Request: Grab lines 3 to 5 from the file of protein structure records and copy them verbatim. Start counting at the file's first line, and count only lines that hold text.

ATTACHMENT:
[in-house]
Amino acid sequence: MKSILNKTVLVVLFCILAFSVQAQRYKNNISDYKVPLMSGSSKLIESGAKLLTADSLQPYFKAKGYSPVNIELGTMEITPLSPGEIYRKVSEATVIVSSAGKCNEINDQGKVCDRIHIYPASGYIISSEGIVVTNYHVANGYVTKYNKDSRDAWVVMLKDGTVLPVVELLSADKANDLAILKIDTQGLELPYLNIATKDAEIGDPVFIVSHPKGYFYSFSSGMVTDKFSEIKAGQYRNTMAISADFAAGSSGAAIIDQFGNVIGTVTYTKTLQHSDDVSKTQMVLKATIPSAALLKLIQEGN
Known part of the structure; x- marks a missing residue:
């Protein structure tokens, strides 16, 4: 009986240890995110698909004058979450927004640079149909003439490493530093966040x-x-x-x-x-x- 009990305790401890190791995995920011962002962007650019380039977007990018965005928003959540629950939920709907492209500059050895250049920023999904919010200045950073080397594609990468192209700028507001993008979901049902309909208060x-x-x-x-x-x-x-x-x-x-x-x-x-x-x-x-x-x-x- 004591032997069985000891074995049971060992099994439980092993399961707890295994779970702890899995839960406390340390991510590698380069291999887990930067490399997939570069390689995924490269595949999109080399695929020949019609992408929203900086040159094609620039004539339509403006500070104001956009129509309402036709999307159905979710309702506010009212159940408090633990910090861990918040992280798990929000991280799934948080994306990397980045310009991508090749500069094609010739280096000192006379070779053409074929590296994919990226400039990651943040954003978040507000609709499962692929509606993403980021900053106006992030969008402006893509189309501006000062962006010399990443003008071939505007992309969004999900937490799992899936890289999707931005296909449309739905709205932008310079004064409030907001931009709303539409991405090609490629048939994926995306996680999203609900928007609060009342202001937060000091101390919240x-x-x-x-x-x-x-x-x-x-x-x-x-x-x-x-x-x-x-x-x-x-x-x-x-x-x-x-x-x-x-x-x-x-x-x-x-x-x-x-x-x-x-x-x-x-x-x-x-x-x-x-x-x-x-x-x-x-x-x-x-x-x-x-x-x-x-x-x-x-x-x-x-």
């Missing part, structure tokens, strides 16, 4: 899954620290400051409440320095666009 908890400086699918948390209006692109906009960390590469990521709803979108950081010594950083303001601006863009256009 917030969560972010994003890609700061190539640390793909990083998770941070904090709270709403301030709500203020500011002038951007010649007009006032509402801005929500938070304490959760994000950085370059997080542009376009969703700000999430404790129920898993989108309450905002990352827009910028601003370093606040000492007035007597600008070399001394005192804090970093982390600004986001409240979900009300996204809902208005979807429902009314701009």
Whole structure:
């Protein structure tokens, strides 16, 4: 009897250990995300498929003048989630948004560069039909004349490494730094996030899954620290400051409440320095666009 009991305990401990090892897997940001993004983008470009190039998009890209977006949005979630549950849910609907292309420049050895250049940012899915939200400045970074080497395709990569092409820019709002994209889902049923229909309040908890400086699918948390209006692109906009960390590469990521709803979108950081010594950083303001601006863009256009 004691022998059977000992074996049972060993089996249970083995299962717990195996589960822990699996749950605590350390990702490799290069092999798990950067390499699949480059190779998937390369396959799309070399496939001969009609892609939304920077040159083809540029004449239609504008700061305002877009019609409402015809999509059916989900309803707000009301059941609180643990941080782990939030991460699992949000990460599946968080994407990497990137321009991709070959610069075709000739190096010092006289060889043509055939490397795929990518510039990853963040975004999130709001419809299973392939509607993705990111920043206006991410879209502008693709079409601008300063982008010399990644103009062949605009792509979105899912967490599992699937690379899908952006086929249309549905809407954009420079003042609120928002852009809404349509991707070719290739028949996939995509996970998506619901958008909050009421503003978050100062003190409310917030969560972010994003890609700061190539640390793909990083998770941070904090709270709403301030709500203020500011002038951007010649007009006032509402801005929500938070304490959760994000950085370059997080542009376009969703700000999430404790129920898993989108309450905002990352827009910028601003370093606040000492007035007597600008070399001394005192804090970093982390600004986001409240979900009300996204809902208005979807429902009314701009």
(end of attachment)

Known part of the structure; x- marks a missing residue:
């Protein structure tokens, strides 16, 4: 009986240890995110698909004058979450927004640079149909003439490493530093966040x-x-x-x-x-x- 009990305790401890190791995995920011962002962007650019380039977007990018965005928003959540629950939920709907492209500059050895250049920023999904919010200045950073080397594609990468192209700028507001993008979901049902309909208060x-x-x-x-x-x-x-x-x-x-x-x-x-x-x-x-x-x-x- 004591032997069985000891074995049971060992099994439980092993399961707890295994779970702890899995839960406390340390991510590698380069291999887990930067490399997939570069390689995924490269595949999109080399695929020949019609992408929203900086040159094609620039004539339509403006500070104001956009129509309402036709999307159905979710309702506010009212159940408090633990910090861990918040992280798990929000991280799934948080994306990397980045310009991508090749500069094609010739280096000192006379070779053409074929590296994919990226400039990651943040954003978040507000609709499962692929509606993403980021900053106006992030969008402006893509189309501006000062962006010399990443003008071939505007992309969004999900937490799992899936890289999707931005296909449309739905709205932008310079004064409030907001931009709303539409991405090609490629048939994926995306996680999203609900928007609060009342202001937060000091101390919240x-x-x-x-x-x-x-x-x-x-x-x-x-x-x-x-x-x-x-x-x-x-x-x-x-x-x-x-x-x-x-x-x-x-x-x-x-x-x-x-x-x-x-x-x-x-x-x-x-x-x-x-x-x-x-x-x-x-x-x-x-x-x-x-x-x-x-x-x-x-x-x-x-």
């Missing part, structure tokens, strides 16, 4: 899954620290400051409440320095666009 908890400086699918948390209006692109906009960390590469990521709803979108950081010594950083303001601006863009256009 917030969560972010994003890609700061190539640390793909990083998770941070904090709270709403301030709500203020500011002038951007010649007009006032509402801005929500938070304490959760994000950085370059997080542009376009969703700000999430404790129920898993989108309450905002990352827009910028601003370093606040000492007035007597600008070399001394005192804090970093982390600004986001409240979900009300996204809902208005979807429902009314701009």